New York Times reporter tears into Psaki for claiming there were only two options in Afghanistan

New York Times reporter Michael Shear got into a tense exchange with White House Press Secretary Jen Psaki after she insisted there were only two options that President Joe Biden had regarding his botched Afghanistan withdrawal.

The exchange between Shear and Psaki began after Sean Sullivan asked the secretary about criticisms from Democratic members of Congress on Biden’s handling of Afghanistan.

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“I know earlier you addressed some of the Republican criticism of the President, but what is your message? What is the White House’s message to Democrats who have expressed substantive concerns about the withdrawal from Afghanistan?” Sullivan asked.

Psaki then asked for specific criticisms that he is referring to. Sullivan then gave a quote from Democratic Congresswoman Susan Wild (PA), saying, “It’s clear to me say that we could not continue to put American service members in danger for an unwinnable war, but I also believe that the evacuation process appears to have been egregiously mishandled.”

“So what’s your response to something like that?” Sullivan asked.

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“Look, I don’t have any direct response to any member of Congress,” Psaki responded. She then claimed that there were only two options for the withdrawal, a binary choice that Michael Shear wasn’t buying.

“But what I will say is that it is easy to throw stones or be a critic from the outside. It is harder to be in the arena and make difficult decisions,” Psaki said. “And the decisions that a commander-in-chief has to make include among difficult options, right?” She added.

“These were the options. You send tens of thousands of more troops in Afghanistan to potentially lose their lives; that’s an option. Some have called – some support that. That’s their prerogative,” she added. You pull out and you don’t put anyone at risk, you don’t put troops at risk, and you don’t evacuate more than 105,000 people, that’s another option,” Psaki continued.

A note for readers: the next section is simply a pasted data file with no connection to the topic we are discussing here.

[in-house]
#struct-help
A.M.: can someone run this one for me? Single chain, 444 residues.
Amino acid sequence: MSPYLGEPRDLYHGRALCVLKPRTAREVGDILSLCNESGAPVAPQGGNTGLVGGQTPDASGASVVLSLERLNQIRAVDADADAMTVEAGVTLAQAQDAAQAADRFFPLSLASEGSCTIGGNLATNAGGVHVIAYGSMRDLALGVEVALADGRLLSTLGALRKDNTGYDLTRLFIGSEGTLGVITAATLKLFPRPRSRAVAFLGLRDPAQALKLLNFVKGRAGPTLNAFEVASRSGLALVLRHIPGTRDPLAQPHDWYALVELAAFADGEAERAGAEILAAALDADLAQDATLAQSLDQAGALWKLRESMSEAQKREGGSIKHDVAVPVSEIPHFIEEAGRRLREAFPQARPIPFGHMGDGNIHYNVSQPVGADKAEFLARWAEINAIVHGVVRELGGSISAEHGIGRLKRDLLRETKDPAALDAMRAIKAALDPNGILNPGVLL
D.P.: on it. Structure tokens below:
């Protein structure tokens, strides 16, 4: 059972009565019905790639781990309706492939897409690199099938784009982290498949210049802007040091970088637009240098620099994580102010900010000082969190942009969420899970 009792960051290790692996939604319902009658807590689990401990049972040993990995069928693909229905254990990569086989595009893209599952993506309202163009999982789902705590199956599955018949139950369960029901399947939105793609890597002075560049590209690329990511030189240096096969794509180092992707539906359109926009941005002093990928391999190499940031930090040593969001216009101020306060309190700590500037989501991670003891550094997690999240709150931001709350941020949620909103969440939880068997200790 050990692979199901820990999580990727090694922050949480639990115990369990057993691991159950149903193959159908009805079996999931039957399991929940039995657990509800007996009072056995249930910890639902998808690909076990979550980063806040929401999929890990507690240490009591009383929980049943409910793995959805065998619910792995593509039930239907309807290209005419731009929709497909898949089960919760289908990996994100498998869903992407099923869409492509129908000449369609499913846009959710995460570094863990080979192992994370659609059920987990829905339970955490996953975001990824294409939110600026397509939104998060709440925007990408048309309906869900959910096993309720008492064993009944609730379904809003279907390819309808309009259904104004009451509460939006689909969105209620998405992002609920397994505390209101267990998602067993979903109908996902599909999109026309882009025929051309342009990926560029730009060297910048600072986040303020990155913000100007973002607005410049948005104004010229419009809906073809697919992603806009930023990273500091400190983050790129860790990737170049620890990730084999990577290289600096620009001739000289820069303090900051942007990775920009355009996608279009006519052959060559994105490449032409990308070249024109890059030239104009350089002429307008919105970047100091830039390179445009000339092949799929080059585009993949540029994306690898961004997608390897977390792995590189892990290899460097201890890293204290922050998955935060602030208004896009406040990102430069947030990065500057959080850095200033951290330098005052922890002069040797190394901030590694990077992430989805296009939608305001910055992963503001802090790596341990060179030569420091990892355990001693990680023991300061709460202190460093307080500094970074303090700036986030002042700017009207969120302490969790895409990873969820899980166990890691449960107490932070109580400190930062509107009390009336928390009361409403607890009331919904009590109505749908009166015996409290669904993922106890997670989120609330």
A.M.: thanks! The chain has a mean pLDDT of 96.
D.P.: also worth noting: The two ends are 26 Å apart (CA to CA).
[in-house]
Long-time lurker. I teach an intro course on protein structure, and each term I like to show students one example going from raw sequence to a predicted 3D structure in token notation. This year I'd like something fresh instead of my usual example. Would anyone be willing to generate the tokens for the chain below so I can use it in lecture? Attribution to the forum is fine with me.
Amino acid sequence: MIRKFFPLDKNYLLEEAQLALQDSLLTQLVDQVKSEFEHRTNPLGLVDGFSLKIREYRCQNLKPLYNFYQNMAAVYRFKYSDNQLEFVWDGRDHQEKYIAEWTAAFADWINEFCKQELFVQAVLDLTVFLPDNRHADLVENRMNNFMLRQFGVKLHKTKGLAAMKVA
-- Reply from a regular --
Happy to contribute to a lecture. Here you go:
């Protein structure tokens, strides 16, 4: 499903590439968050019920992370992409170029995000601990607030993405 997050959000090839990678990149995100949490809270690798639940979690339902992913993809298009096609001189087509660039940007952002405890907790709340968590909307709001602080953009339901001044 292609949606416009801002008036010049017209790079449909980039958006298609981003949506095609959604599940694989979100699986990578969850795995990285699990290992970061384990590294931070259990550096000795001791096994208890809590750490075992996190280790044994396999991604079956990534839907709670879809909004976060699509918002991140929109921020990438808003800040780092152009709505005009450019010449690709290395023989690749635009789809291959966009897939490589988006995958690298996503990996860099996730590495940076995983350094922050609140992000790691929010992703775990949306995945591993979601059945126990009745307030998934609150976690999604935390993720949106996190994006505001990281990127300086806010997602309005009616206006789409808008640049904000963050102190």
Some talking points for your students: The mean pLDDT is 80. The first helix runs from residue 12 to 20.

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That’s when Shear jumped in and pushed Psaki on her argument.

“Jen, apologies to my colleagues, but like, you guys have said repeatedly – presented this idea that there were only two choices. What evidence do you have that there weren’t other choices that could have been made?” Shear asked.

Psaki quickly shot back, saying, “What was – well, what’s the other choice anyone is offering?”

Shear then gave his argument as to how other options could have delivered a different outcome.

“Well, for example, the President could have said to the Ghani government in May, that we’re gonna start a mass evacuation of all of the U.S. personnel, we’re gonna put out an announcement that says, you know, ‘We advise all of our Afghan allies who worked with us to start evacuating as well.’ And I’m sure there are ten other options that I haven’t thought of that – so why do you present it as these being the only two options?” Shear said.

“There are, of course, other options, but there are consequences to every option. That is my point,” Psaki shot back.

She then gave her idea of what would have happened if Shear’s option was put into action.

“What would have happened in all likelihood, the threat on U.S. forces would have increased at that point in time.”

Shear fact-checked Psaki in real-time, saying, “But you would have been operating in a capital that wasn’t overrun by the Taliban at that point.”

Psaki quickly pushed back, asking, “How do you know that?”

Shear appearing to be confused by her question, quickly answered, saying, “The Taliban wasn’t near Kabul at that point” in May.

Psaki, realizing this wasn’t an argument she was going to win, quickly dismissed the question altogether by saying, “Look, Mike, I think it’s easy to play backseat, let’s look at what could have happened three, four months ago.”

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